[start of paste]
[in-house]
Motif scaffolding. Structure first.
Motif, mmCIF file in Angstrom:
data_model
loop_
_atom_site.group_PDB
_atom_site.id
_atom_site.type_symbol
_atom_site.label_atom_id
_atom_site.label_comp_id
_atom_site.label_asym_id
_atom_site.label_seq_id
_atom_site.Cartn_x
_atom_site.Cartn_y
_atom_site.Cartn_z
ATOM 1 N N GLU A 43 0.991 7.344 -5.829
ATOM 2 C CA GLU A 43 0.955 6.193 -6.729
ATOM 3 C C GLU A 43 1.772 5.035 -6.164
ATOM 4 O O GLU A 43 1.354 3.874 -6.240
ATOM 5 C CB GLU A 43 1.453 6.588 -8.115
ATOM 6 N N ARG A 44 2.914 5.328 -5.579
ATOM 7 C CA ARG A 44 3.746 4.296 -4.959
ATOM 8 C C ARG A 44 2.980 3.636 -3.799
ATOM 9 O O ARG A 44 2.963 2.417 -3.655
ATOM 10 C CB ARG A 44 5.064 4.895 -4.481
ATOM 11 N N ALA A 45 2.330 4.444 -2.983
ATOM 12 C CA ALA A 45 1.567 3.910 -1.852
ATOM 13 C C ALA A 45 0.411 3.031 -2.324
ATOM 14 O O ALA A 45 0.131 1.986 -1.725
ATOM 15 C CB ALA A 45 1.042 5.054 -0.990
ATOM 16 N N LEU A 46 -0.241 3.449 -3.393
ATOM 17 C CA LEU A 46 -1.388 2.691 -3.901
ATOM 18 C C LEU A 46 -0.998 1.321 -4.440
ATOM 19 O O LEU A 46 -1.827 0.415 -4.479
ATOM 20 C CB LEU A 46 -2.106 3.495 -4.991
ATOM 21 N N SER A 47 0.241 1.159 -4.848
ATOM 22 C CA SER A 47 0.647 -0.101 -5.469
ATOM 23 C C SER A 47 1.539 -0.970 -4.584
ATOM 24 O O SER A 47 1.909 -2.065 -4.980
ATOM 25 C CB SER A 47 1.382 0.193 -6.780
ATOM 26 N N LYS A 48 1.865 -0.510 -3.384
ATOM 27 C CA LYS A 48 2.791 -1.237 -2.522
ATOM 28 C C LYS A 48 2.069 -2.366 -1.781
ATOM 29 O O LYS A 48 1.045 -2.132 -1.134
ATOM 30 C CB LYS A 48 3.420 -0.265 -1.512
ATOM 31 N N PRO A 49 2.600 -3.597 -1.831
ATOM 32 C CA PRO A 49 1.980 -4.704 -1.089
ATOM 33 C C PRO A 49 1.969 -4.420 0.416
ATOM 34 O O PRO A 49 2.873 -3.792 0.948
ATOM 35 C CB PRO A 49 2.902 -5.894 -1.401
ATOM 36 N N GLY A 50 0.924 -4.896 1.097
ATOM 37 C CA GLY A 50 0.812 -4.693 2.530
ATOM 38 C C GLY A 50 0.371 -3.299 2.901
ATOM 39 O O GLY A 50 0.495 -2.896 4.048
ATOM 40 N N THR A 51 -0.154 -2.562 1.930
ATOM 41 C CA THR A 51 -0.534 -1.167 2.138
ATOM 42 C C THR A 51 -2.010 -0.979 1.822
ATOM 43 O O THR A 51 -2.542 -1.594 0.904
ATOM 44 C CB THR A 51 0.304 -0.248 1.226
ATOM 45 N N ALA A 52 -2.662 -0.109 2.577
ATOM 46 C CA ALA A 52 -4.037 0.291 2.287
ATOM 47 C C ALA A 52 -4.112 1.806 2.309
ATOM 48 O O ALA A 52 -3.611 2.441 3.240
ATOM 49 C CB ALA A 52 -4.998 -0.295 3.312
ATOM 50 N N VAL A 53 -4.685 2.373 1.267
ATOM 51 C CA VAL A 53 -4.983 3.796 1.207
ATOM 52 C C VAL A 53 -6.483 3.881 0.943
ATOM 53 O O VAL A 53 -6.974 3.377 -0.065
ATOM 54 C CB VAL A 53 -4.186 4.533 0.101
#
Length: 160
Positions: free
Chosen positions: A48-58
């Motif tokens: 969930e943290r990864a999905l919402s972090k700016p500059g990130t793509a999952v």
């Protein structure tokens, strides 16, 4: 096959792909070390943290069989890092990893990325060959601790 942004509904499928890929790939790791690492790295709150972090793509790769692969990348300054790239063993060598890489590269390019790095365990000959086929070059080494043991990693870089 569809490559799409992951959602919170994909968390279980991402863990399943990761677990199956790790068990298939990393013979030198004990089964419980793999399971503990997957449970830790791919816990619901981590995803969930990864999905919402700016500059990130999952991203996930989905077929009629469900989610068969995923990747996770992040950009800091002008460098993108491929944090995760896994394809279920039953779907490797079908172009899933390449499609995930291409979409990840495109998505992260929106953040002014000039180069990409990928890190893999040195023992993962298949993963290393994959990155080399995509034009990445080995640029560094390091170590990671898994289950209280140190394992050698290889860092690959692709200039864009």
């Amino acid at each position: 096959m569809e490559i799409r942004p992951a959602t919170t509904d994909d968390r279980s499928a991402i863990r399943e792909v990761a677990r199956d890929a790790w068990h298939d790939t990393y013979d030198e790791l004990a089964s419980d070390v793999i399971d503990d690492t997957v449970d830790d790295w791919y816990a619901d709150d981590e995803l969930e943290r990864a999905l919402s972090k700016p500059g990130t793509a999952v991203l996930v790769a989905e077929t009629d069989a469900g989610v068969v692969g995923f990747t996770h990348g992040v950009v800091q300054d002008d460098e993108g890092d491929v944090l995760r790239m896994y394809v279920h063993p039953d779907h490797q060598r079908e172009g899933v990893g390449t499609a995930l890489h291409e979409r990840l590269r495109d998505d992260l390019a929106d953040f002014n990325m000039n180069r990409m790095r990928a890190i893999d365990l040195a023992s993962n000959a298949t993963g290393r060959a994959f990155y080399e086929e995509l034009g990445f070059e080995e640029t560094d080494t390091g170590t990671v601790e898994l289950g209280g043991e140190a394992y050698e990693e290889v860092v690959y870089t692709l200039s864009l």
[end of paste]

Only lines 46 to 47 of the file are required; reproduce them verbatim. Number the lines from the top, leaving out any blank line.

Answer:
ATOM 31 N N PRO A 49 2.600 -3.597 -1.831
ATOM 32 C CA PRO A 49 1.980 -4.704 -1.089